The time has come to begin the next phase of construction on Sherman Campus.  Future infrastructure includes a number of exciting developments that will serve the community of midtown Toronto. This campus will be an all-encompassing entity offering health and wellness, Jewish learning, daycare, preschool, Holocaust education, arts and culture, and more for all ages. Sherman Campus Phase 2 future developments include the expanded Prosserman Jewish Community Centre, the Cynamon/Sokolowski Sports Complex, the new Sarah and Chaim Neuberger Holocaust Education Centre, the Ellen Prosserman Atrium and the Leah PoslunsTheatre.

Wolfond Centre for Jewish Campus Life

The Wolfond Centre for Jewish Campus Life is a vibrant space for both students and community members. The Wolfond Centre houses multiple organizations, including: Hillel of Greater Toronto, REENA, Annex Shul, City Shul, and Genesis: UJA Federation’s Centre for Jewish Innovation. At 14,000 square feet, there is ample space for a wide variety of programming and events.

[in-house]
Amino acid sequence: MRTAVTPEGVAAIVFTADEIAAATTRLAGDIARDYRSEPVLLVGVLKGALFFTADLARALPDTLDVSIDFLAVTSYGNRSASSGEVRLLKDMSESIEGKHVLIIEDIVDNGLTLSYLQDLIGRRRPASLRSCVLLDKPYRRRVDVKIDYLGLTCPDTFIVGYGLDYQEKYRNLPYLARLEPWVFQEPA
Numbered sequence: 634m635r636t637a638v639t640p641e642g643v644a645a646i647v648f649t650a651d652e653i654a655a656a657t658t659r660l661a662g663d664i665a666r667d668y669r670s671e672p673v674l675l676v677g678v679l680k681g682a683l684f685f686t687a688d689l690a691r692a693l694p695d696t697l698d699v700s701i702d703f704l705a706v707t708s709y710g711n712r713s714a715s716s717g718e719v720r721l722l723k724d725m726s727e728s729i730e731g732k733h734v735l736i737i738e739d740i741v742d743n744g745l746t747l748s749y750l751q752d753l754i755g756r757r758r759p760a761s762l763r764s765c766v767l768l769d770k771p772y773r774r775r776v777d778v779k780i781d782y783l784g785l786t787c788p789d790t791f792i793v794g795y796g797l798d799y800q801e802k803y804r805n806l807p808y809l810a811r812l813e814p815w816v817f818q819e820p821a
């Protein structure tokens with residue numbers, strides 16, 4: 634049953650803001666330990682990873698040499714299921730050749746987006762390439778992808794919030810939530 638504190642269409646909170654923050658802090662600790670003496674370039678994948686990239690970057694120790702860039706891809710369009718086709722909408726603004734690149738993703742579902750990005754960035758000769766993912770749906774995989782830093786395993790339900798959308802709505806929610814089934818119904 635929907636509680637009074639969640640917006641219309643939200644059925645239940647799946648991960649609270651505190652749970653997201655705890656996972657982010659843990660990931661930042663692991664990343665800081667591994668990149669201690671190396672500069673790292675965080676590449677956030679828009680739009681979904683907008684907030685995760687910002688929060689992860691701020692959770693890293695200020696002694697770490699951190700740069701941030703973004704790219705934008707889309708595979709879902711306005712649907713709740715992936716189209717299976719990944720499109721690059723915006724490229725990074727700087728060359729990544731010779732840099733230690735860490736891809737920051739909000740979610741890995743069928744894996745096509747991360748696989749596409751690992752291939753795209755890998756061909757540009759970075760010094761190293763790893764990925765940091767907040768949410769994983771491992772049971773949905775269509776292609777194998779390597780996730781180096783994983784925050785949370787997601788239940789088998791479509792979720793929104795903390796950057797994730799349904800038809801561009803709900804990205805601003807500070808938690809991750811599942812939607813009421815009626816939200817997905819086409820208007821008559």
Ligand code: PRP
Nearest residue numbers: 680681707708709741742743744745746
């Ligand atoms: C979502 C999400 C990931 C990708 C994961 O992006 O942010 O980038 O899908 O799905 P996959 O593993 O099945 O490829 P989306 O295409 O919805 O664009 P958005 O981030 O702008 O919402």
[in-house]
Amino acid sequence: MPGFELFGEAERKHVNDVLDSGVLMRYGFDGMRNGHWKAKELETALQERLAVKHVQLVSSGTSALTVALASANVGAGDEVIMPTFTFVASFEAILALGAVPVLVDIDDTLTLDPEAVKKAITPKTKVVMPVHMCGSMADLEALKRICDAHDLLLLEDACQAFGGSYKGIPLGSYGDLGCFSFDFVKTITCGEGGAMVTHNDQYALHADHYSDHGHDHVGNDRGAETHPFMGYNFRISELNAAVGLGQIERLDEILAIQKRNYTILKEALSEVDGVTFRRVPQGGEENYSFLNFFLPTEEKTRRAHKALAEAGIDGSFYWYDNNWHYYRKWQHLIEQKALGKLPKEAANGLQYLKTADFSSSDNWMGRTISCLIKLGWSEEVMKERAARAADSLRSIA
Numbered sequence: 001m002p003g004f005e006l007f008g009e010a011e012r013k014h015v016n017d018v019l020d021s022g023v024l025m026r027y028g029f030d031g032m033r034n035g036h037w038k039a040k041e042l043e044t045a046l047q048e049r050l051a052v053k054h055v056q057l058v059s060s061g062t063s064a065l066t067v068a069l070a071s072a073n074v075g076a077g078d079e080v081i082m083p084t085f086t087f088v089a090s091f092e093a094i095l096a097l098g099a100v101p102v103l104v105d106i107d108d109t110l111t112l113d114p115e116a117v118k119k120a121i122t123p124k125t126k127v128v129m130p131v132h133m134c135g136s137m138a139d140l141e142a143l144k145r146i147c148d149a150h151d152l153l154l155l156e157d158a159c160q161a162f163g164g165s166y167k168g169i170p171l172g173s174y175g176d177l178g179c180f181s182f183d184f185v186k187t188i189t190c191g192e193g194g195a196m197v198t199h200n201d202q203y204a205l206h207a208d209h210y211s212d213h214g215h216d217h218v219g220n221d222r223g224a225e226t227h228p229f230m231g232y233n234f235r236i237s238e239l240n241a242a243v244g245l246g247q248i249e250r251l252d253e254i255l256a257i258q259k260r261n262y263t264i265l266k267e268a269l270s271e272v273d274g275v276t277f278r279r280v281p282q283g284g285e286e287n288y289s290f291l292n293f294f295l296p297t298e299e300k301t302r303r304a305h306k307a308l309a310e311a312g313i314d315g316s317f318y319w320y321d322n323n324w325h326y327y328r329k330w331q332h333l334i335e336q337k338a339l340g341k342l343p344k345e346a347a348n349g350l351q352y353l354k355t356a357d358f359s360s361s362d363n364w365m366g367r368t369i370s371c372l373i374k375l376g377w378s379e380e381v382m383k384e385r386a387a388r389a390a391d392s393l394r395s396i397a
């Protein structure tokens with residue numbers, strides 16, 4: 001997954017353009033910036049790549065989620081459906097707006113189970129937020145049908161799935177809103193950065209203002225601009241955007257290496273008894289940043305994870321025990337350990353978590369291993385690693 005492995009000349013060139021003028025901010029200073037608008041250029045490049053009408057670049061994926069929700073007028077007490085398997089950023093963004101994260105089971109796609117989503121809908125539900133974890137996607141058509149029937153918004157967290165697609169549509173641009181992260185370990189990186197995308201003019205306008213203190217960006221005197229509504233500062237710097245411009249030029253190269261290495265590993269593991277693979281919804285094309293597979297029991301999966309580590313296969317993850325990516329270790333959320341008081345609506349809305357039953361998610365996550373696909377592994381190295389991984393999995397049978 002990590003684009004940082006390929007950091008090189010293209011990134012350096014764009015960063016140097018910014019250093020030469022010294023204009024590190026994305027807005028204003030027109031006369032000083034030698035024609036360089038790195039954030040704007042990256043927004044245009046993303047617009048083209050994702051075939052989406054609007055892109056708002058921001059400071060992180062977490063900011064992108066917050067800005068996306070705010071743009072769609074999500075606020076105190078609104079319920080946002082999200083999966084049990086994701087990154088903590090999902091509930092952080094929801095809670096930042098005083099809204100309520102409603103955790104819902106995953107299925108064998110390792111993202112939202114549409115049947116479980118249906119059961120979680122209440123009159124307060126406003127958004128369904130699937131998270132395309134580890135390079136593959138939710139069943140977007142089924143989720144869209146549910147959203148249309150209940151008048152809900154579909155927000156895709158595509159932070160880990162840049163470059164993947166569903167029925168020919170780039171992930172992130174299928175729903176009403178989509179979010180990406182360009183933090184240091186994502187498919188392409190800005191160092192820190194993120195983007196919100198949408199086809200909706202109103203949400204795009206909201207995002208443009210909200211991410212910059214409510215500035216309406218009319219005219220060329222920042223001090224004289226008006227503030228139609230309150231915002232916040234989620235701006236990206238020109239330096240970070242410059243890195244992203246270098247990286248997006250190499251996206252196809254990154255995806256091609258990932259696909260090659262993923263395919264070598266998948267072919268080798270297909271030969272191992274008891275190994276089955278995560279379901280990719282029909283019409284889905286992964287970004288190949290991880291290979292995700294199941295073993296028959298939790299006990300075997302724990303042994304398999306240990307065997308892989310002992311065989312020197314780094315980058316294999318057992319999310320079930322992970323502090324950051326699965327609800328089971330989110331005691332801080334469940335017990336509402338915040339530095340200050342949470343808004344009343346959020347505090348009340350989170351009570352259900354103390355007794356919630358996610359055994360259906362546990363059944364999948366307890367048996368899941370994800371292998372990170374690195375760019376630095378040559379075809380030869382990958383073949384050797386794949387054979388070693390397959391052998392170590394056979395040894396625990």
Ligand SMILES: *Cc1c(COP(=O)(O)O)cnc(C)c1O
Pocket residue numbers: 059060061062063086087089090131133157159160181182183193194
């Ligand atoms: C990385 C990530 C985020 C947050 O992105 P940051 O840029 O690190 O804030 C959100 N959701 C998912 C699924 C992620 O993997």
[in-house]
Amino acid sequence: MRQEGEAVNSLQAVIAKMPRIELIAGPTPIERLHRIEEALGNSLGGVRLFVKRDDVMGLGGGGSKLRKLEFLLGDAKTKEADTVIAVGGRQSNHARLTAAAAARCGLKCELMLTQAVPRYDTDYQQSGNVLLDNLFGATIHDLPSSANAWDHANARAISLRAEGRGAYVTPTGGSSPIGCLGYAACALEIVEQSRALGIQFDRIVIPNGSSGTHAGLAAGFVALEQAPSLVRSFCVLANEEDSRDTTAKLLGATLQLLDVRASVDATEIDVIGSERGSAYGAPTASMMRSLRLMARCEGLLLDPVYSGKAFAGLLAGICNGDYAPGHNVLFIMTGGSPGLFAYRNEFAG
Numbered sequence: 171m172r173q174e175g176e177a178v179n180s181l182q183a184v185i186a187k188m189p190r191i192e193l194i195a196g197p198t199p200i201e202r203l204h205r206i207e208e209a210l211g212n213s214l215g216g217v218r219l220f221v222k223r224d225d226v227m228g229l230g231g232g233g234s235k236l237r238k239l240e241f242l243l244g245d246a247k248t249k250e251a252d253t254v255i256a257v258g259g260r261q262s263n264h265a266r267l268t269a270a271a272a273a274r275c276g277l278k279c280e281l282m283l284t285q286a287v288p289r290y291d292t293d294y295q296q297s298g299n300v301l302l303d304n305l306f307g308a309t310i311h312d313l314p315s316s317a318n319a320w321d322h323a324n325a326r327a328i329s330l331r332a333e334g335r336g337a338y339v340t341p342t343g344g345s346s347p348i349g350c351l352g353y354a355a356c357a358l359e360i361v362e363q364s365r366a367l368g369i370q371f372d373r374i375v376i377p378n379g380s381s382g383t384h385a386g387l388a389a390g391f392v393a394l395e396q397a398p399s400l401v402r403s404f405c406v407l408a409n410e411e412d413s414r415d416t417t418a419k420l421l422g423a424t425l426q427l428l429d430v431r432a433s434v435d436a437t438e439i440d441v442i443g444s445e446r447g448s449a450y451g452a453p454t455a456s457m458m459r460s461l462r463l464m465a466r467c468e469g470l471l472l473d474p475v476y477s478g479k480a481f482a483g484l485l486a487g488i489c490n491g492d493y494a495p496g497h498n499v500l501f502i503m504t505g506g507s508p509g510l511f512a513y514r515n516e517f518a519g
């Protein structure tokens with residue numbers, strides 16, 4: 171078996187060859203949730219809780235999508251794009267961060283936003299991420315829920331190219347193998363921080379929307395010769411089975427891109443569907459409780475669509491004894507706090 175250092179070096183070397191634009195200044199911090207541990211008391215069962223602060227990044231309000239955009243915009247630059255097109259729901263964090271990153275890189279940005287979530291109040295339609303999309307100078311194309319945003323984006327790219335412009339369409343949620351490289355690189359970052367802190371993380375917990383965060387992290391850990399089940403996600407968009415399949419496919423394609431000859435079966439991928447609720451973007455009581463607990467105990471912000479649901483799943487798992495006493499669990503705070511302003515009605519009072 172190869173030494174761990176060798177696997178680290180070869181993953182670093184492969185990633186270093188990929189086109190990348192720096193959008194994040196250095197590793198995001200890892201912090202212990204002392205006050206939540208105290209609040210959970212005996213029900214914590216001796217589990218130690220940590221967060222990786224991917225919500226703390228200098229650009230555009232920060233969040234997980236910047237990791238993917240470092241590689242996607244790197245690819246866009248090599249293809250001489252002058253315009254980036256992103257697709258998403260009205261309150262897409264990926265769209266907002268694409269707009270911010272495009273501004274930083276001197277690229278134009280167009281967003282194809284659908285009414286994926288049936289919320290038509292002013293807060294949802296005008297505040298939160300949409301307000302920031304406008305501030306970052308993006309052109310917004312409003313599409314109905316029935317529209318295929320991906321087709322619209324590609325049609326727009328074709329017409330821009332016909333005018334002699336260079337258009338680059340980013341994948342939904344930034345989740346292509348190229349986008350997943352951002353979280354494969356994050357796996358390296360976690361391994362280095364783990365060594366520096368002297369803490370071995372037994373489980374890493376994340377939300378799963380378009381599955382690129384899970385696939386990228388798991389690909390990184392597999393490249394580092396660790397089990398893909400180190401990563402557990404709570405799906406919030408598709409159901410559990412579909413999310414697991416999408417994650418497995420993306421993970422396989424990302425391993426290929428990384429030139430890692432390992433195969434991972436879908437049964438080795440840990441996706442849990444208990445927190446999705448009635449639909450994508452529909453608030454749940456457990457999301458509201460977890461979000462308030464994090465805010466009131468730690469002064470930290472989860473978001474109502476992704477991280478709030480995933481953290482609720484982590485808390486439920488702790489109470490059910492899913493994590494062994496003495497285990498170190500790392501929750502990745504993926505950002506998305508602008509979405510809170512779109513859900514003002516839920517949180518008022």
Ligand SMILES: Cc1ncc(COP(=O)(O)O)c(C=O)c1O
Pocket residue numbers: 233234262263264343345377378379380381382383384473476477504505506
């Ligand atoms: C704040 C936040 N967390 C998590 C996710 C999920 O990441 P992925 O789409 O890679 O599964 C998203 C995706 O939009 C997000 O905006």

Hillel of Greater Toronto is the address for Jewish student life on campus. Hillel promotes Jewish identity, student leadership, and religious and political diversity in an inclusive environment. Hillel is a home to over 3500 students on campus who use the space to connect, study and to develop their leadership skills. Hillel facilitates diverse and meaningful Jewish experiences, stimulates innovation, and fosters engaging and welcoming relationships with students. Hillel embraces and celebrates Israel along with the Jewish community.

As a versatile and welcoming space, The Wolfond Centre is used for a variety of Hillel programs. In addition, the space is often used for private functions and special community events. The Wolfond Centre for Jewish Campus Life is the nexus for the downtown Jewish community.

Miles Nadal Jewish Community Centre